• Act as a policy making tool – regulatory accounting models enable policy makers to further regulate costs and prices where necessary and to set incentives in line with regulatory objectives.

The current regulatory accounting frameworks across various countries vary significantly.  However, NRAs usually adopt one of the following models to determine the costs of the entity under consideration:

Top-down cost models: an approach which starts from a global cost level in the company’s accounts. These accounts are then subdivided into main activities, which are then further subdivided into sub-activities and minor activities by using adequate cost allocation and apportionment factors.

Bottom-up cost models: this entails building a cost accounting model from a detailed description of the individual activities. Activities are measured and assigned with activity measures and unit usage and pricing in order to determine the cost of the various activities.  These costs are then aggregated to arrive at the total cost of a particular activity.

Hybrid models: these capture the combined efficiency of top-down and bottom-up cost models.  Even though hybrid models are more complex, costs incurred in the provision of a product/service are accurately captured and enable a detailed investigation of cost and demand relationships.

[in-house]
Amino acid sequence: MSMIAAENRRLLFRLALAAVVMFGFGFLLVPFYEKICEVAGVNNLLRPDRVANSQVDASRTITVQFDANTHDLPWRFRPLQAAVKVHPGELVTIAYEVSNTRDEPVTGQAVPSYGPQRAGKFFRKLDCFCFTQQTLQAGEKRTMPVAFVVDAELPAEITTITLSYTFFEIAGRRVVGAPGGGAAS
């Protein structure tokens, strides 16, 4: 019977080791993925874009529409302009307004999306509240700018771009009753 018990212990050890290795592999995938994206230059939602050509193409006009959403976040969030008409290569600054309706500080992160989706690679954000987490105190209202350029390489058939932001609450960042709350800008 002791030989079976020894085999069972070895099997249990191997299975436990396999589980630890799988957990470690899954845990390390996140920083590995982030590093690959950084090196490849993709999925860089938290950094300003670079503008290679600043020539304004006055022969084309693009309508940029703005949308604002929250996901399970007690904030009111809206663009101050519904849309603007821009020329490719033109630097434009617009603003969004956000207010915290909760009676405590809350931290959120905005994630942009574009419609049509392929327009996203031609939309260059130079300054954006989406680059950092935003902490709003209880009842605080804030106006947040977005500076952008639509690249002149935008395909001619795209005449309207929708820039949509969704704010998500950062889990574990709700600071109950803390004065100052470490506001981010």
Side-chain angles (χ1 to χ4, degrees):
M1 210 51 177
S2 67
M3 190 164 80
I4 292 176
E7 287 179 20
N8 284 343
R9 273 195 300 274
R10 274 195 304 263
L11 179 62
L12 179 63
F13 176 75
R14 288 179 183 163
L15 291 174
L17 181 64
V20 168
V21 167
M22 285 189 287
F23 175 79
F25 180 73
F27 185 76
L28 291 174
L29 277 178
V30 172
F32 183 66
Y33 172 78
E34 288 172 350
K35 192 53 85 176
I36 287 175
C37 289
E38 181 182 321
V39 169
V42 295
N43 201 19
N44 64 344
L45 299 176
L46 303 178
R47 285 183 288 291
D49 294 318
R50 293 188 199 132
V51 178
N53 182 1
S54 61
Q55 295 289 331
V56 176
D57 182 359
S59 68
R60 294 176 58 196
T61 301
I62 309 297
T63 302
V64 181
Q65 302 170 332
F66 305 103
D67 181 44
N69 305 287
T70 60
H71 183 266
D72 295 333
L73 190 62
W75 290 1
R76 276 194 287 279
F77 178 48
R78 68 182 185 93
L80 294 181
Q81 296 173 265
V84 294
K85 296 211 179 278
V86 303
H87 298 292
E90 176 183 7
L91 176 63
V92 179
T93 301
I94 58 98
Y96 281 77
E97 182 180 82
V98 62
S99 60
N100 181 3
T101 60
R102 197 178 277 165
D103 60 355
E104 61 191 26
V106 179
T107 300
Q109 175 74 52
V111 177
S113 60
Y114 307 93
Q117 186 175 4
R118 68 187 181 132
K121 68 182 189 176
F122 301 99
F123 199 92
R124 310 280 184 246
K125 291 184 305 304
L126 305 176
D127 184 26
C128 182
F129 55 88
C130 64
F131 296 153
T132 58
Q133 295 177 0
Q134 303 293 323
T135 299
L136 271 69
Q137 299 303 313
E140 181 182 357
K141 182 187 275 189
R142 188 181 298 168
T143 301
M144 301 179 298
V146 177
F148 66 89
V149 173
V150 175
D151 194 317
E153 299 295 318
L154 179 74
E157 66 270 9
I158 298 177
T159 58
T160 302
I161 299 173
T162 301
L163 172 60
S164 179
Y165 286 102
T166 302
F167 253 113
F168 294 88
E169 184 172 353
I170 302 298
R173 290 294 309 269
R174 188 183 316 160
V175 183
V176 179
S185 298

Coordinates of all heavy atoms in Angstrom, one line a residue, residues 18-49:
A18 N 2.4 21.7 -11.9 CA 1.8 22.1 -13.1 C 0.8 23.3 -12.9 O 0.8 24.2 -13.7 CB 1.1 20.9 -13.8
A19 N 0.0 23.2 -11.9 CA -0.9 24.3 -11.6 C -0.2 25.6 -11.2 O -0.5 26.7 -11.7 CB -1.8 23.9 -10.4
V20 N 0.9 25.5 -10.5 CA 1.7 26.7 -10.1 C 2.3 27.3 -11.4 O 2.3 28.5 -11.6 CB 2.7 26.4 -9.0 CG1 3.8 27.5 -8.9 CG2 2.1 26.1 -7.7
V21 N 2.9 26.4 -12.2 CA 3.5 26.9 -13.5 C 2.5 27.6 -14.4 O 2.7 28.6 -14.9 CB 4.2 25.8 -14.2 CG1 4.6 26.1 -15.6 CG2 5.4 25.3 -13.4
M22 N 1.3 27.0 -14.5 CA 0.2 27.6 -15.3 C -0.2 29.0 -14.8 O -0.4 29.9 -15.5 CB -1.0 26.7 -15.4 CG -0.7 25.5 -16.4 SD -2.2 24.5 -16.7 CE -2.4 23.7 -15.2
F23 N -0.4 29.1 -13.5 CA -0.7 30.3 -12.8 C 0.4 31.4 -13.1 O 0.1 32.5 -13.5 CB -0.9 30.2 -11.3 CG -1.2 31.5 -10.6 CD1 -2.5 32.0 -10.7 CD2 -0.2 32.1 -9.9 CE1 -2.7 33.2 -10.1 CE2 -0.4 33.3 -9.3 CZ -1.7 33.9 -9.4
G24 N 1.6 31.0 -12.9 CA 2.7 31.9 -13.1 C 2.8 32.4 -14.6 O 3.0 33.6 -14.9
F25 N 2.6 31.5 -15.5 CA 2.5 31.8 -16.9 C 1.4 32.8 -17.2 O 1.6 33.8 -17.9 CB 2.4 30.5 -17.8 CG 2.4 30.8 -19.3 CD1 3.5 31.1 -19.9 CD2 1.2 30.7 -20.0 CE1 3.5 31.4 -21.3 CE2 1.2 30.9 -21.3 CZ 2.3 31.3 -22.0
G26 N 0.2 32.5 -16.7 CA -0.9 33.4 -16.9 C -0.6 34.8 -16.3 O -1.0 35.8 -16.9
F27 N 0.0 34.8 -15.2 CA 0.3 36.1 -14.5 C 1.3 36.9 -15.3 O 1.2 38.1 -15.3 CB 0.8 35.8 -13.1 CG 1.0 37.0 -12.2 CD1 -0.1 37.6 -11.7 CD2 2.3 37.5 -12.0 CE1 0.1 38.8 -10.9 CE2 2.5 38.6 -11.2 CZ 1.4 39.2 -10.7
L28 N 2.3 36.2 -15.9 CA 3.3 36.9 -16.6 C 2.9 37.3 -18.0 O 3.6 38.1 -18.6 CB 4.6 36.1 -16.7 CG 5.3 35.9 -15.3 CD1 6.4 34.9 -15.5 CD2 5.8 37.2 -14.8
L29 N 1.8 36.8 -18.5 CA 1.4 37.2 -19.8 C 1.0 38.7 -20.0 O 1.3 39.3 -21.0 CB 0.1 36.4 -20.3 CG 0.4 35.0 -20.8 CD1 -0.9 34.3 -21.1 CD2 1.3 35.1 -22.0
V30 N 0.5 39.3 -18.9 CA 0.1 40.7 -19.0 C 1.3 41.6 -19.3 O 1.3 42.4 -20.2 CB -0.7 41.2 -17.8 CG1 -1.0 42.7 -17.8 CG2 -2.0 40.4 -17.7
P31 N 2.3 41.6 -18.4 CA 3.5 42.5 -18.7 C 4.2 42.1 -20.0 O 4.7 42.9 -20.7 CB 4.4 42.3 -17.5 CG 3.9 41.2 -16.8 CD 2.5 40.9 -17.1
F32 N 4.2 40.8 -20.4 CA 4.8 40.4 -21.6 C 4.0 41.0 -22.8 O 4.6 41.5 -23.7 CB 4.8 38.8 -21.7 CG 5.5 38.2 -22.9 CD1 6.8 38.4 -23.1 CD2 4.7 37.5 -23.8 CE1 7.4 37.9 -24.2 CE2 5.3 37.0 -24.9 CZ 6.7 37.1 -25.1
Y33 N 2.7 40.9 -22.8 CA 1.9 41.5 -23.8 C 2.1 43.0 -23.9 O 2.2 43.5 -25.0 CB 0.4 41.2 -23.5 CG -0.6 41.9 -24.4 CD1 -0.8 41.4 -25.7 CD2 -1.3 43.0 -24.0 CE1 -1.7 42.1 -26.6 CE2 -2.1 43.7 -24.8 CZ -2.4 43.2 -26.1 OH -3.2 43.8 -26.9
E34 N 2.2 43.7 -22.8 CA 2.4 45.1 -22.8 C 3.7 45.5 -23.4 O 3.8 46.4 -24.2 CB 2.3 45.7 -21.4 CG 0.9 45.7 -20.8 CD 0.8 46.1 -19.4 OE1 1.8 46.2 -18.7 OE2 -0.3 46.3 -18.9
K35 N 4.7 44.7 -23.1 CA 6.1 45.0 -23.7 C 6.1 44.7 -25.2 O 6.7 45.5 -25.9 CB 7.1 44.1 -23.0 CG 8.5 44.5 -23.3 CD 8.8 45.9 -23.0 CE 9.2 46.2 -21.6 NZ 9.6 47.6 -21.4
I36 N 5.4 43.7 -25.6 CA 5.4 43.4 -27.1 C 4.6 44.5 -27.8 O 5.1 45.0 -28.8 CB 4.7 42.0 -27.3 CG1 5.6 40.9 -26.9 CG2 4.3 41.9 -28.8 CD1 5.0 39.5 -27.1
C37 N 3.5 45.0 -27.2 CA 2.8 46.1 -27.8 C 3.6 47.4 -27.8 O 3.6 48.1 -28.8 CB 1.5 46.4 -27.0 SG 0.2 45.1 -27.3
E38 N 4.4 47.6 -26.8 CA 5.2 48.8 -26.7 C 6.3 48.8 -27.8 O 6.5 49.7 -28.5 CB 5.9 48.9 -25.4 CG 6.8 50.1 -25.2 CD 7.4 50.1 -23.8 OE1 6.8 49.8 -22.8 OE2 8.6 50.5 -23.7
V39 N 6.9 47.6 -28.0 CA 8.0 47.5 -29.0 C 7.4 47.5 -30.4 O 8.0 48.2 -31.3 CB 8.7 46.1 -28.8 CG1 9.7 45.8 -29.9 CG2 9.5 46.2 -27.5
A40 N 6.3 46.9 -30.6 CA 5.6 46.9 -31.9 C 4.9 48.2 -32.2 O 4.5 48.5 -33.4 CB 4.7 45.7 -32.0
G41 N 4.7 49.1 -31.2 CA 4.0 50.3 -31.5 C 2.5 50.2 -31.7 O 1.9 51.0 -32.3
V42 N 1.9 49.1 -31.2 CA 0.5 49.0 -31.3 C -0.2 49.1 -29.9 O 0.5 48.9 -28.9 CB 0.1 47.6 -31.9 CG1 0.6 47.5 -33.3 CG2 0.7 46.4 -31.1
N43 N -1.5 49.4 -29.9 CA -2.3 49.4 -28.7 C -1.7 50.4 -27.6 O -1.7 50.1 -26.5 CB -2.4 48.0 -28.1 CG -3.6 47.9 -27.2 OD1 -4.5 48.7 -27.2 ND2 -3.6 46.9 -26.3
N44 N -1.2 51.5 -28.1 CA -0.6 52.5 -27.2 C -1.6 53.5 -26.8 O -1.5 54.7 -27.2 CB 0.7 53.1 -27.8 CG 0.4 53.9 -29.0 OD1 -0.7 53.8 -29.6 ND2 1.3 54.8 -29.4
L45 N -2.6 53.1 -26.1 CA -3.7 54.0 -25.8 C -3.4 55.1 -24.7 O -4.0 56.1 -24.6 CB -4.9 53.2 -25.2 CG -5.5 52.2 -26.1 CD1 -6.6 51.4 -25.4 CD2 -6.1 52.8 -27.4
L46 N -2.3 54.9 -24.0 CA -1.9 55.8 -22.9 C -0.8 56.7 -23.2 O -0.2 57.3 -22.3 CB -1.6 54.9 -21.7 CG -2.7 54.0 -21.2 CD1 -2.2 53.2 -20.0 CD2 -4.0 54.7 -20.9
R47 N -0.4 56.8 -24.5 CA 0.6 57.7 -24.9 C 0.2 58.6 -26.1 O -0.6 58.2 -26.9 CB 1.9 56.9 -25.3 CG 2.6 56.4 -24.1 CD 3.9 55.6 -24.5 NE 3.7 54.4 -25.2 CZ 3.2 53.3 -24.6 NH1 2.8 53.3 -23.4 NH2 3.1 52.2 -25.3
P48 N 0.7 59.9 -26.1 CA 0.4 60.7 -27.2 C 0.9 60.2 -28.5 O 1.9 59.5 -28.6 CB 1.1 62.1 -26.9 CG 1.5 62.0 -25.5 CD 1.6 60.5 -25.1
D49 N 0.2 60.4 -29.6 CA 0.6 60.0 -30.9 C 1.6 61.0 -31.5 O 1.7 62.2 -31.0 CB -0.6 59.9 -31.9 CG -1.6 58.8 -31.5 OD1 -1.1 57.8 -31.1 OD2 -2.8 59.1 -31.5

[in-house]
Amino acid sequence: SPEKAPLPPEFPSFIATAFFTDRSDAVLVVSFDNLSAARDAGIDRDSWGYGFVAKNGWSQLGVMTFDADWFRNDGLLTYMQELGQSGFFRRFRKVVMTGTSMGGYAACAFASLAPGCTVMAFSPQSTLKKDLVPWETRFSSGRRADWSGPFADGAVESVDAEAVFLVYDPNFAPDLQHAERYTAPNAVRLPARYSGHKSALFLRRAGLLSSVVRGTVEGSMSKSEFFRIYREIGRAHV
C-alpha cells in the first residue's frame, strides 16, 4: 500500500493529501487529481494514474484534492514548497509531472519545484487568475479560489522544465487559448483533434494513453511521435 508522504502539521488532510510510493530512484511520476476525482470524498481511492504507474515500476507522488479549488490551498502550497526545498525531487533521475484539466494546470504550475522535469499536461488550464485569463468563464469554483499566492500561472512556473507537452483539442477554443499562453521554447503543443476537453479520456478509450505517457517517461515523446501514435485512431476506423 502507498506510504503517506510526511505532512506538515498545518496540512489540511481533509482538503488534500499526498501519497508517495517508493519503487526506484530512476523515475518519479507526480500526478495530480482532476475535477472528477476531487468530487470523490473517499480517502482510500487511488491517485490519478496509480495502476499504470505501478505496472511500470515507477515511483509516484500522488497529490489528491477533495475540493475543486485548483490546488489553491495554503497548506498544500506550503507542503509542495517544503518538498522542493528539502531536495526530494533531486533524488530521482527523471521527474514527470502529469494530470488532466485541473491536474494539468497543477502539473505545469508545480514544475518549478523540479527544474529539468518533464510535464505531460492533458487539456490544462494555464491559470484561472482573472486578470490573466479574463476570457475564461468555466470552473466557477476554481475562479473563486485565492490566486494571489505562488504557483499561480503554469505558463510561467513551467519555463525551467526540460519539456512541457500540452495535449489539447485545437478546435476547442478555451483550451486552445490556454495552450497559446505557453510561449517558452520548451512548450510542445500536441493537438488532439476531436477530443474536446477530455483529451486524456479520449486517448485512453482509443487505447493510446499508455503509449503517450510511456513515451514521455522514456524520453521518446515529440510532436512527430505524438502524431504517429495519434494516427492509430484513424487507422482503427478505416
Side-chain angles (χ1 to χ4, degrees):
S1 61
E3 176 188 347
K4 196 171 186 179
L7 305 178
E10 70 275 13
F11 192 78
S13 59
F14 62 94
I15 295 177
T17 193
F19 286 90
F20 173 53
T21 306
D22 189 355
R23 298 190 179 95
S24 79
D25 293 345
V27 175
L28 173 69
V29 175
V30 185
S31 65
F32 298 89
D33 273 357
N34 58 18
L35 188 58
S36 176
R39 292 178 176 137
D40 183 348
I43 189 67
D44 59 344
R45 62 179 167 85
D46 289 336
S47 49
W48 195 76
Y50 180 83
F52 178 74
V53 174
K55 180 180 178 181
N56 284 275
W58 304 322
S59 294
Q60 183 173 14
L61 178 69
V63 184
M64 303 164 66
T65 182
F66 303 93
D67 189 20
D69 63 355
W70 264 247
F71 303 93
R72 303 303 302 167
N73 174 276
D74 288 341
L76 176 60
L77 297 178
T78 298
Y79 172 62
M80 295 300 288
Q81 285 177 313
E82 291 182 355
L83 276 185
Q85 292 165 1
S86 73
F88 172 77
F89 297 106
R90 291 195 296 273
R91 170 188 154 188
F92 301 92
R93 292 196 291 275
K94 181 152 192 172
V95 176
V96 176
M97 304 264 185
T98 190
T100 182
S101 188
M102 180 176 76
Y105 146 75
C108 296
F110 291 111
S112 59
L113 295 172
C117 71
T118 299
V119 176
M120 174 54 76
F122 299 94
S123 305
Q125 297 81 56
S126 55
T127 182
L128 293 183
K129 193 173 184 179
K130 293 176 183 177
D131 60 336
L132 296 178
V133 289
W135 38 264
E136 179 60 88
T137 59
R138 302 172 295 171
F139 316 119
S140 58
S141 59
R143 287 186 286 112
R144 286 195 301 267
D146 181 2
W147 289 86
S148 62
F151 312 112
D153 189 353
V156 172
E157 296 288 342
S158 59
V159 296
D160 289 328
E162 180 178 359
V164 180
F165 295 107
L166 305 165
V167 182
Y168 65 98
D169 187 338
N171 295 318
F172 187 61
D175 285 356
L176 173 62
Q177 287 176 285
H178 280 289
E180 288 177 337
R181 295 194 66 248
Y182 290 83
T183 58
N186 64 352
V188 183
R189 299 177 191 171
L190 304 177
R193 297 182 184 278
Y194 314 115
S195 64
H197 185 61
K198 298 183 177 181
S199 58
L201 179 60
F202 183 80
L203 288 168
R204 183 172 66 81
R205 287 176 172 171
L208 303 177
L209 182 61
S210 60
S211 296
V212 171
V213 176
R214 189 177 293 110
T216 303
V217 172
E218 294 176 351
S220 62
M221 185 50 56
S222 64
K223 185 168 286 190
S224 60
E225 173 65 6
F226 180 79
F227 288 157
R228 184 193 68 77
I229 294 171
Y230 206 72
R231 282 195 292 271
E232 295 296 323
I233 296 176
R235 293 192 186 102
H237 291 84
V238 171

The main approaches that NRAs adopt in setting regulated pricing policies are:

  • Retail-minus –an approach whereby wholesale prices are set on the basis of the retail price less a fixed percentage of the retail price that represents a “fair” return to a non-infrastructure owner;
  • Cost-plus – prices are based on the estimated cost of providing a product/service plus a reasonable return on costs;
  • Price cap – under price cap regulation, retail prices or price changes are capped at a particular level, sometimes taking into consideration the rate of inflation and any expected efficiency savings.

Keeping abreast with changing regulation and costing methodologies could be a daunting task for business executives who are more concerned with the core business activities than with accounting for regulatory purposes.  At Equinox, we offer to take the regulatory burden off our clients so that we can free up valuable time for business professionals to do what they do best – to manage their business and obtain good commercial results.  The regulatory accounting process can be quite complicated and requires a detailed examination of technical, legal and economic aspects.

Our multi-disciplinary teams spanning accountancy, law and economics have the capability and the expertise to take care of regulatory compliance for you.  We have the expertise to help you modify and/or setup your cost accounting systems and any underlying technical models depending on the service area you deal with, to extract and accurately compile the required information, to avoid late submission penalties, and to honour submission deadlines set by the regulatory bodies.